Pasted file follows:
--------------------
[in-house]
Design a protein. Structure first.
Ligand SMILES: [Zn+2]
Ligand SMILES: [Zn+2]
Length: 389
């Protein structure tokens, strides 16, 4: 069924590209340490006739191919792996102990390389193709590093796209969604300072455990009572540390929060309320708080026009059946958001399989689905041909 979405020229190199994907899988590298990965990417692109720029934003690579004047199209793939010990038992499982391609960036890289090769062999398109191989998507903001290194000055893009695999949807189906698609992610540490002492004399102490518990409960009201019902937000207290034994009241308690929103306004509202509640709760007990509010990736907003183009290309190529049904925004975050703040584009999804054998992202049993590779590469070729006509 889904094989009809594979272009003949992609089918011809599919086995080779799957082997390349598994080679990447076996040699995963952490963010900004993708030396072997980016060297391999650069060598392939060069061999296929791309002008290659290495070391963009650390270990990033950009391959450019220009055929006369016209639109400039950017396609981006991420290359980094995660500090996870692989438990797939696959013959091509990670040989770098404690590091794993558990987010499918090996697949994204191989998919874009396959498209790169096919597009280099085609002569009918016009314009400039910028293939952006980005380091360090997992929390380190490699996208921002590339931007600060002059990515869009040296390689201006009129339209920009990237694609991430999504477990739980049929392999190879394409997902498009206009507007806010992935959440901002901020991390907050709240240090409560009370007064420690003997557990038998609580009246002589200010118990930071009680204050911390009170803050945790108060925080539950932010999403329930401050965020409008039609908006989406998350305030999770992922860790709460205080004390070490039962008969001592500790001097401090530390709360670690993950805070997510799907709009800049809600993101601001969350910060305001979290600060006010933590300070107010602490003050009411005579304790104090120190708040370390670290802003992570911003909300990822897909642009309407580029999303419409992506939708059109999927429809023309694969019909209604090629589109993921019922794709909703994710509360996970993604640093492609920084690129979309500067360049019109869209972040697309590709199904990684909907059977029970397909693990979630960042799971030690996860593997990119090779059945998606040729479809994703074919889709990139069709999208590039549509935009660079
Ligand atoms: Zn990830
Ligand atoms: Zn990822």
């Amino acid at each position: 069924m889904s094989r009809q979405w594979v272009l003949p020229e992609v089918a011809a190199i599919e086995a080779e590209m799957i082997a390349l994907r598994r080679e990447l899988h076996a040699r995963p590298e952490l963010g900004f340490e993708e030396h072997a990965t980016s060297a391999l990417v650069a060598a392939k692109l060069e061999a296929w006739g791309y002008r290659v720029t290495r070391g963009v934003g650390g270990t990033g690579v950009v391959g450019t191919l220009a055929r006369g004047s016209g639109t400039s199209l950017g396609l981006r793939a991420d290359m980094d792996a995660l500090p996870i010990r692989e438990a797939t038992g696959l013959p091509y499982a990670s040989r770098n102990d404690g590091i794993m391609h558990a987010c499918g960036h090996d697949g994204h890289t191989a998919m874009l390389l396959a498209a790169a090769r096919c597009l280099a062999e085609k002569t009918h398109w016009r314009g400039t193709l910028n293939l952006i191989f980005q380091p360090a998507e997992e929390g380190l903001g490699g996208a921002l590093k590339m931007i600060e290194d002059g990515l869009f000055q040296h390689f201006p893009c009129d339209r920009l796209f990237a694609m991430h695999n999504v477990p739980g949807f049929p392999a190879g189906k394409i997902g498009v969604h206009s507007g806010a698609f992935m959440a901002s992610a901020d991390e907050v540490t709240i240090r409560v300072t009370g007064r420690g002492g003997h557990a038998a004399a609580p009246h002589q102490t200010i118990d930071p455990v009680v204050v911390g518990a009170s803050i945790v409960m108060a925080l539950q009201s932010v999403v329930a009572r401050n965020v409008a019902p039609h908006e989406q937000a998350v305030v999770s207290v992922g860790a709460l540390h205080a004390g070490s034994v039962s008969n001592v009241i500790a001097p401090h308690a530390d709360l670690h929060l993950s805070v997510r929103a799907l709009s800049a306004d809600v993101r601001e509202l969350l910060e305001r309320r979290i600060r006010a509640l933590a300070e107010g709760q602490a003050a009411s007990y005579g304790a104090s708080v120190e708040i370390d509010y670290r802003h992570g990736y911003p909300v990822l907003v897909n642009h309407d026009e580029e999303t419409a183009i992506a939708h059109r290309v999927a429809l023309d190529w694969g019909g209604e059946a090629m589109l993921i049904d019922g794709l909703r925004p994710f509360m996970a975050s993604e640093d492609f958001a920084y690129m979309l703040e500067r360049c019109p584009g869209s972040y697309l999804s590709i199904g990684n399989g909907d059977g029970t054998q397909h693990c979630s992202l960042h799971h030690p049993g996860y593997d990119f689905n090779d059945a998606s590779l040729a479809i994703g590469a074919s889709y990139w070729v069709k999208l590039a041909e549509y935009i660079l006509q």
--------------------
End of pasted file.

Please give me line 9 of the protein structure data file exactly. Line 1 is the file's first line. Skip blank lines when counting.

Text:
């Amino acid at each position: 069924m889904s094989r009809q979405w594979v272009l003949p020229e992609v089918a011809a190199i599919e086995a080779e590209m799957i082997a390349l994907r598994r080679e990447l899988h076996a040699r995963p590298e952490l963010g900004f340490e993708e030396h072997a990965t980016s060297a391999l990417v650069a060598a392939k692109l060069e061999a296929w006739g791309y002008r290659v720029t290495r070391g963009v934003g650390g270990t990033g690579v950009v391959g450019t191919l220009a055929r006369g004047s016209g639109t400039s199209l950017g396609l981006r793939a991420d290359m980094d792996a995660l500090p996870i010990r692989e438990a797939t038992g696959l013959p091509y499982a990670s040989r770098n102990d404690g590091i794993m391609h558990a987010c499918g960036h090996d697949g994204h890289t191989a998919m874009l390389l396959a498209a790169a090769r096919c597009l280099a062999e085609k002569t009918h398109w016009r314009g400039t193709l910028n293939l952006i191989f980005q380091p360090a998507e997992e929390g380190l903001g490699g996208a921002l590093k590339m931007i600060e290194d002059g990515l869009f000055q040296h390689f201006p893009c009129d339209r920009l796209f990237a694609m991430h695999n999504v477990p739980g949807f049929p392999a190879g189906k394409i997902g498009v969604h206009s507007g806010a698609f992935m959440a901002s992610a901020d991390e907050v540490t709240i240090r409560v300072t009370g007064r420690g002492g003997h557990a038998a004399a609580p009246h002589q102490t200010i118990d930071p455990v009680v204050v911390g518990a009170s803050i945790v409960m108060a925080l539950q009201s932010v999403v329930a009572r401050n965020v409008a019902p039609h908006e989406q937000a998350v305030v999770s207290v992922g860790a709460l540390h205080a004390g070490s034994v039962s008969n001592v009241i500790a001097p401090h308690a530390d709360l670690h929060l993950s805070v997510r929103a799907l709009s800049a306004d809600v993101r601001e509202l969350l910060e305001r309320r979290i600060r006010a509640l933590a300070e107010g709760q602490a003050a009411s007990y005579g304790a104090s708080v120190e708040i370390d509010y670290r802003h992570g990736y911003p909300v990822l907003v897909n642009h309407d026009e580029e999303t419409a183009i992506a939708h059109r290309v999927a429809l023309d190529w694969g019909g209604e059946a090629m589109l993921i049904d019922g794709l909703r925004p994710f509360m996970a975050s993604e640093d492609f958001a920084y690129m979309l703040e500067r360049c019109p584009g869209s972040y697309l999804s590709i199904g990684n399989g909907d059977g029970t054998q397909h693990c979630s992202l960042h799971h030690p049993g996860y593997d990119f689905n090779d059945a998606s590779l040729a479809i994703g590469a074919s889709y990139w070729v069709k999208l590039a041909e549509y935009i660079l006509q």